Since 2000 Relson Gracie Jiu-Jitsu Austin Association has been local and the trusted source for legitimate training under the Gracie name that people were searching for. We’ve been through seemingly all of the ups and downs of our industry and have made it through to push past the growing pains of Austin. As it is now, I am confident in my academy and have learned to let people come into our lives and only remain if they deserve to. I am pleased to have new faces in any of my classes and for anyone including women or young adults to train with any of my members. I trust the people around me and, in my opinion, that’s a really great thing to be able to say.
You train the self-defense aspect but also compete in sports Jiu-Jitsu.
What is your view on these 2 aspects of Jiu-Jitsu. Can they be mixed together
Of course! There’s a fine line between self-defense and sport. In the game, when
or if someone taps or screams, we may let go as a rule and as a show of good
sportsmanship. There are so many degrees of how this can be abused. Nobody
wants to be the spas or the less technical one. People tend to try to have a
flow and finesse.
In self-defense, there may likely be cause to push through a point that would never be allowed in a sport setting. To hold without help from any outsider and to complete what you must to come out safely or for all persons involved to not only come out safe but also explain to any authorities. 100% of the self-defense curriculum is JiuJitsu. If you know self-defense, you can further develop to play on the ground.
I learned backwards. I played first and invested in myself after. I recommend for
every single person who spends their precious time on the mats to invest in
their own actual safety and become proficient in the Helio Gracie true
curriculum of self-defense.
Please tell us more about Grandmaster Relson Gracie and your relationship with him.
Relson Gracie is one of the most authentic people I have ever encountered. We are very close and share a deep bond in our friendship. When we put the Gi on, he’s very strict. He takes the utmost care in conveying his daddy’s methods and wisdom.
Somehow he remembers everything from EVER. He knows what I train, who with and where. He’s seen almost every one of my matches and yelled the loudest. He’s hugged me, stood up for me and pushed me when I’ve needed it. He is patient when I am being stubborn. I find it special how he will listen to and consider your side/point of view.
We share interests in music, cooking, growing fruits, trees and other plants. He should be next to the definition of – living life to its full potential. It feels like we have a certain side language and I find myself sometimes translating what he says to other people (with delight). He’s got such a presence and he’s always been so down to earth. He’s a true friend.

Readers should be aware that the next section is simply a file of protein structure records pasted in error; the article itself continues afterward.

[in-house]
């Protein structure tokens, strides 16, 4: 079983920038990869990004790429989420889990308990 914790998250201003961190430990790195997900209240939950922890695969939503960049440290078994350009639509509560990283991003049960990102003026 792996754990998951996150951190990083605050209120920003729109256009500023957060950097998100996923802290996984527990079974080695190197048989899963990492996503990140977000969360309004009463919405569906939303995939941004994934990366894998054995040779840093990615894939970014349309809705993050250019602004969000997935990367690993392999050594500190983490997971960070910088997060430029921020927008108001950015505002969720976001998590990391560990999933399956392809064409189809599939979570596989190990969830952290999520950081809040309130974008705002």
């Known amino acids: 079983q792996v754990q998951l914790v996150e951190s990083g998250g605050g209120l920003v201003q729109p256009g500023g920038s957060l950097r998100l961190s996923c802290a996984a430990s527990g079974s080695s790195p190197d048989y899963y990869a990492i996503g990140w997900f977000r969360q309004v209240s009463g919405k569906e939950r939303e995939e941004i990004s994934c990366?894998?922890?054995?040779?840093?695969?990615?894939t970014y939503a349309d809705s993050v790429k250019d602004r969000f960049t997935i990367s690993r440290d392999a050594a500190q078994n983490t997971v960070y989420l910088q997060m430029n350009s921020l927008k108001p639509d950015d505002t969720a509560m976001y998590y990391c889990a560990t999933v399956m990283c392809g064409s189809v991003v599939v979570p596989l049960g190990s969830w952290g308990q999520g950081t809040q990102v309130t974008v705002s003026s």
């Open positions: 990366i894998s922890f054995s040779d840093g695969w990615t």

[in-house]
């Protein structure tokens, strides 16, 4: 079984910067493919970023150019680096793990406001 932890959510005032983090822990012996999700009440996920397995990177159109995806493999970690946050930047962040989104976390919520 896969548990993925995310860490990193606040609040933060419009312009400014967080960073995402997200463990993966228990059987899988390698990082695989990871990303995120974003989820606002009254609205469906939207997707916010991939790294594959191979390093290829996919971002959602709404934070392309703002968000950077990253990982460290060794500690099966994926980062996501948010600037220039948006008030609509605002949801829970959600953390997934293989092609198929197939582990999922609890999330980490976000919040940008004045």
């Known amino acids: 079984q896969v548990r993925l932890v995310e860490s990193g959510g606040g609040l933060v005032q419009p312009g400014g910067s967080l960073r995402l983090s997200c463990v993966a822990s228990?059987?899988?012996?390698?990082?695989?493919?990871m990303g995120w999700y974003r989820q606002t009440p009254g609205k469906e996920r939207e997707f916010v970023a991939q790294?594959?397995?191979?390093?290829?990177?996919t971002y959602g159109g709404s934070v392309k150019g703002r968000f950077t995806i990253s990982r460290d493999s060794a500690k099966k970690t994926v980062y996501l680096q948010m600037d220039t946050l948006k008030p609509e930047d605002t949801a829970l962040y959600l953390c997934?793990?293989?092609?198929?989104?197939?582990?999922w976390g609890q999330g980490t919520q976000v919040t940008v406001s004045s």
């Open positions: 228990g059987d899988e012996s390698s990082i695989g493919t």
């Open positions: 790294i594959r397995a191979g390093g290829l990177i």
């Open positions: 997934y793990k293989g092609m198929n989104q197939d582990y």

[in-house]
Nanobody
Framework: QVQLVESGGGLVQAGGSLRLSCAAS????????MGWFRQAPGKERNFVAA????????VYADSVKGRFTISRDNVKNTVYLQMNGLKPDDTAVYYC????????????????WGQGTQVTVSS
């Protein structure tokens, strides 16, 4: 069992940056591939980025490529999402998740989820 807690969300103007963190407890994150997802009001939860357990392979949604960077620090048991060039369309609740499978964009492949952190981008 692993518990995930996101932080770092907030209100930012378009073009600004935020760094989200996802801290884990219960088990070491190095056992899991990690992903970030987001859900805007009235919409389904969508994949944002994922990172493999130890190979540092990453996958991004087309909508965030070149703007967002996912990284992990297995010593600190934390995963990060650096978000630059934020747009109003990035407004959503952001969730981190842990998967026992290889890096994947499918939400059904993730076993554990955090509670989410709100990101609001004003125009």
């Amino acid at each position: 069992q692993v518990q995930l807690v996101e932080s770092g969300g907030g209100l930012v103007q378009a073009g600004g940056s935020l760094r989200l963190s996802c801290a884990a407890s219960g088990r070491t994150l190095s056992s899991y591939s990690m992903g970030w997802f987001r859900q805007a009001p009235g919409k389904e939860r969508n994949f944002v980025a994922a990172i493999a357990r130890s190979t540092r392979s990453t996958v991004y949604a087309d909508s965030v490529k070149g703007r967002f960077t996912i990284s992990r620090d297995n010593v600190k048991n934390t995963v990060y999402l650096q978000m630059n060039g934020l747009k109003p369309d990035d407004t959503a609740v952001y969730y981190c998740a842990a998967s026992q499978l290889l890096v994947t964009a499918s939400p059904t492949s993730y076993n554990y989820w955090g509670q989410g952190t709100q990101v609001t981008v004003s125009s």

I am so blessed to have all of his important ladies in my life as some close and
valuable friends. I’ve also developed a deep love for his family and keep in
contact with many of those great people. I enjoy spending time in Hawaii and
getting his granddaughter on the mats. I also have the pleasure of getting to
see his youngest daughter here in Texas when she visits with her mom.
I’d count him in my most important people. He won’t ever leave that list. I love
him to death!
Have you ever used Jiu-Jitsu in a real life situation? (please detail)
For sure …
I have used my JiuJitsu to keep safe and not get hurt in some fights I have
been involved in. Honestly, I use it all the time, when I’m walking alone or
with others. When I go to a public grocery or other gathering where people can walk up to you or out on the street when you are approached. Basically the assessment and the confidence in your safety are what have formed as habits in my life.
What is next for you and your team in 2013/2014?
Well, this year Relson was promoted to Grand Master. Since this time we have been building inside of our own team. There are some priorities like pushing the
progression of our self-defense curriculum to our newer students versus the
popular concept of focusing mainly on sporting events. We have all been working
together to make this a more conformed process. I’m looking forward to watching my guys flourish in their art and game on the mats as well as their character and patience both on and off the mats.
If you want to thank somebody or sponsors, feel free
I’d really like to thank my students. The drama and politics of JiuJitsu have
revealed to me some of the best and worst in people. I am truly grateful to be
surrounded by people who have such high character in the sacred place in which
I spend most of my time.
Sometimes I feel like I can’t open up to anyone and knowing that that is not true, I’d like to specifically give thanks to Richard Giberson and Relson Gracie, as well as, my always wonderful family and my beloved non-JiuJitsu friends.
One other special thank you must go to my fellow Relson Gracie black belts.
Thanks Christy and all the best!
Thanks, Gui! Thanks, BJJEE!